This fairy tale is centred around a beautiful maiden called Orihime who lived on the banks of the Silver River of Heaven. She was the daughter of the Sky God. All day long, Orihime sat by the loom, weaving colourful silken threads to make clothes for her father. Orihime’s skills were admired by all of the Gods. She was known as the Weaving Maiden. Orihime worked so hard that she had no time to spend with the other maidens or look for a husband herself. Her father worried about her but he couldn’t persuade her to step away from the loom and enjoy the pleasures of life.
One day, her father told her that he’d found a husband for her. He brought her to the oxherd, Hikoboshi, who looked after his beasts along the Silver River. She immediately fell for him. They married and Orihime was very happy. She didn’t want to sit at the loom anymore. She wanted to dance, sing and laugh with her husband whilst he tended to his oxen.
The Sky God waited for his daughter to return to her duties, but she never did as she had found happiness with her husband and her life. He grew angry because he wanted her to weave his spring kimono. He asked her three times but she just smiled and played around with Hikoboshi in the blossom trees. The Sky God eventually banished Hikoboshi to the other side of the Silver River.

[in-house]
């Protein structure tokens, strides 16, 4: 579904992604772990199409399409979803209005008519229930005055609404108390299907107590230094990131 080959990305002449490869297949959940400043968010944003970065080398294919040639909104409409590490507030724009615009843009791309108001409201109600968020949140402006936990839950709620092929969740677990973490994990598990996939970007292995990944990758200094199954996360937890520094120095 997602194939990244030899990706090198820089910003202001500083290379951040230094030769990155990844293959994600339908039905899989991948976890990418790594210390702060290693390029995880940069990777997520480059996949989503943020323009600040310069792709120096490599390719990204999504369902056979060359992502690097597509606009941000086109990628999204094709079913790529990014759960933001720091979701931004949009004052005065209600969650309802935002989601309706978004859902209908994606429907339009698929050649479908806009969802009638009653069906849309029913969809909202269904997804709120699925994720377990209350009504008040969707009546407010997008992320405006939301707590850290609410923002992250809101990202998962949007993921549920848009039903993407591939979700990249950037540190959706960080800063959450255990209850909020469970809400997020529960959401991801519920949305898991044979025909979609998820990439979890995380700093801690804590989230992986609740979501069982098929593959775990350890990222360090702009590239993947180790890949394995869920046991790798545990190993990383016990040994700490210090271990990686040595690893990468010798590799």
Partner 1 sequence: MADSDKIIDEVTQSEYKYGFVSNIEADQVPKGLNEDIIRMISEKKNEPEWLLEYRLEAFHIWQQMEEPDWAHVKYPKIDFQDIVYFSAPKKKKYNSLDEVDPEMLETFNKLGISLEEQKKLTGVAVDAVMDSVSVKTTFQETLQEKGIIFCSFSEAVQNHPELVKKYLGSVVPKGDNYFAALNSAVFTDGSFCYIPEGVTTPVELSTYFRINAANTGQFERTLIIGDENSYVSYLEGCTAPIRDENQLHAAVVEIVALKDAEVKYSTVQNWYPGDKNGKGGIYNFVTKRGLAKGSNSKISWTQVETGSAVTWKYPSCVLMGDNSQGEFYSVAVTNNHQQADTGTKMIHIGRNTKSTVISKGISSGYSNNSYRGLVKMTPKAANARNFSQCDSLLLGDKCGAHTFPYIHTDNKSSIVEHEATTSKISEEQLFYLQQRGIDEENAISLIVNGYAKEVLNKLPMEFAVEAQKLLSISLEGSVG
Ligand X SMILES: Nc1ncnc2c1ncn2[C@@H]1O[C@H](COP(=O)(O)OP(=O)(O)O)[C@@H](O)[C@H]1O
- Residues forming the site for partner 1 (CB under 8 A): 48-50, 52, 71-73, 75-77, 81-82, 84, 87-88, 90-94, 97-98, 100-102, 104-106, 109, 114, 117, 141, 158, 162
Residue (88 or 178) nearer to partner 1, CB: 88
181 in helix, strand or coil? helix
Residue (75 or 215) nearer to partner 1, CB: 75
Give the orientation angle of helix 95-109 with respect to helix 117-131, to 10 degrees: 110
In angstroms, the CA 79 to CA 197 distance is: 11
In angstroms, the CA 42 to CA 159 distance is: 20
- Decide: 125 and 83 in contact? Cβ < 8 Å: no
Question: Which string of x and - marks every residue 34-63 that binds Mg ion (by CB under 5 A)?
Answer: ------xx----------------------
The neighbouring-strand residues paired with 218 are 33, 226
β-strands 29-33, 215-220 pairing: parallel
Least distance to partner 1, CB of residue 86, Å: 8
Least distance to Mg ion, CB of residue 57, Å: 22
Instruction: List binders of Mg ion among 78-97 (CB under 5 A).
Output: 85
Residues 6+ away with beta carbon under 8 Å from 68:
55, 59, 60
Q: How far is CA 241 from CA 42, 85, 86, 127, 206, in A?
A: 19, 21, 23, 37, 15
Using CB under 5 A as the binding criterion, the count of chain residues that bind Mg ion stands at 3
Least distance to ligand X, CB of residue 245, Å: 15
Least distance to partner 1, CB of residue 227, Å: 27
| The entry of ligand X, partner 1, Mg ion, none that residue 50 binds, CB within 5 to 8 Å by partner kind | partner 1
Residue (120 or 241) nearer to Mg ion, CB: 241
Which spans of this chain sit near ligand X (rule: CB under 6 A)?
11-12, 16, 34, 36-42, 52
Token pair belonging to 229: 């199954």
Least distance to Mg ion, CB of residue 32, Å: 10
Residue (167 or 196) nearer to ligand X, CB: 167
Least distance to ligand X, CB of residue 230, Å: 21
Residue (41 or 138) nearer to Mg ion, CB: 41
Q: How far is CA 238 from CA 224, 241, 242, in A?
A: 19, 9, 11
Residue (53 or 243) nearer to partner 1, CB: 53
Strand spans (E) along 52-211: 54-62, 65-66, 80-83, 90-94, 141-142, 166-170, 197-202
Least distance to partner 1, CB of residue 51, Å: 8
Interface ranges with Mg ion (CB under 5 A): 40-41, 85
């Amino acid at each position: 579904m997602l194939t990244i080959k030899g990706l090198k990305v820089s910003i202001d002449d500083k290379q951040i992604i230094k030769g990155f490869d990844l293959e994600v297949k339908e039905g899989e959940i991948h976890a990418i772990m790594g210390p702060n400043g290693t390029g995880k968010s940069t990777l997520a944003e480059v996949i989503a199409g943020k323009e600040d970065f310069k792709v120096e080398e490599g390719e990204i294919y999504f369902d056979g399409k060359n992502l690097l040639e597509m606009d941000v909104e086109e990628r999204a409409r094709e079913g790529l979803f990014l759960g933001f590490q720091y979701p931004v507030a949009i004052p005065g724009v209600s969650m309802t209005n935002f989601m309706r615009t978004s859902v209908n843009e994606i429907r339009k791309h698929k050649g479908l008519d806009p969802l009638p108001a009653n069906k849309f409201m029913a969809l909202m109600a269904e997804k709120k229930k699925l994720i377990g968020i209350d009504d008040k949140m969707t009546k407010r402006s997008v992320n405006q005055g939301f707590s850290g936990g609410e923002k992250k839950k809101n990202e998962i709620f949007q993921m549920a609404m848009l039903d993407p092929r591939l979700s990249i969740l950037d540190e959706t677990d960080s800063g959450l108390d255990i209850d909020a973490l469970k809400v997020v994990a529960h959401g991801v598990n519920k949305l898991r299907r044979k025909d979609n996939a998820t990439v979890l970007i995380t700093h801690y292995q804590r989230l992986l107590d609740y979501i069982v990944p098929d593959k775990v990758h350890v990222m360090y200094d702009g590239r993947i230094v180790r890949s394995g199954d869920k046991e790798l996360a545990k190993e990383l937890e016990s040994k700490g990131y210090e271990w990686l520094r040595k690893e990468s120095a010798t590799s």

Orihime was devastated, she cried until she couldn’t shed anymore tears. It didn’t matter how much she begged, the Sky God would not listen to her. Orihime continued to make clothes for her father, but everything that she made was drab. Eventually, he felt sorry for his daughter and compromised. He said that on the seventh day of the seventh month he would summon all the magpies from the ends of the earth to build a bridge across the Silver River.
Every year on the 7th July, Orihime’s eyes sparkle brightly in the sky as she laughs once more with her love. If the rain falls, the magpies don’t spread their wings and the Weaving Maiden has to wait for a year to meet her love!
An extract from A Year Full of Stories, by Angela McAllister, illustrated by Christopher Corr (Frances Lincoln Children’s Books, 2016)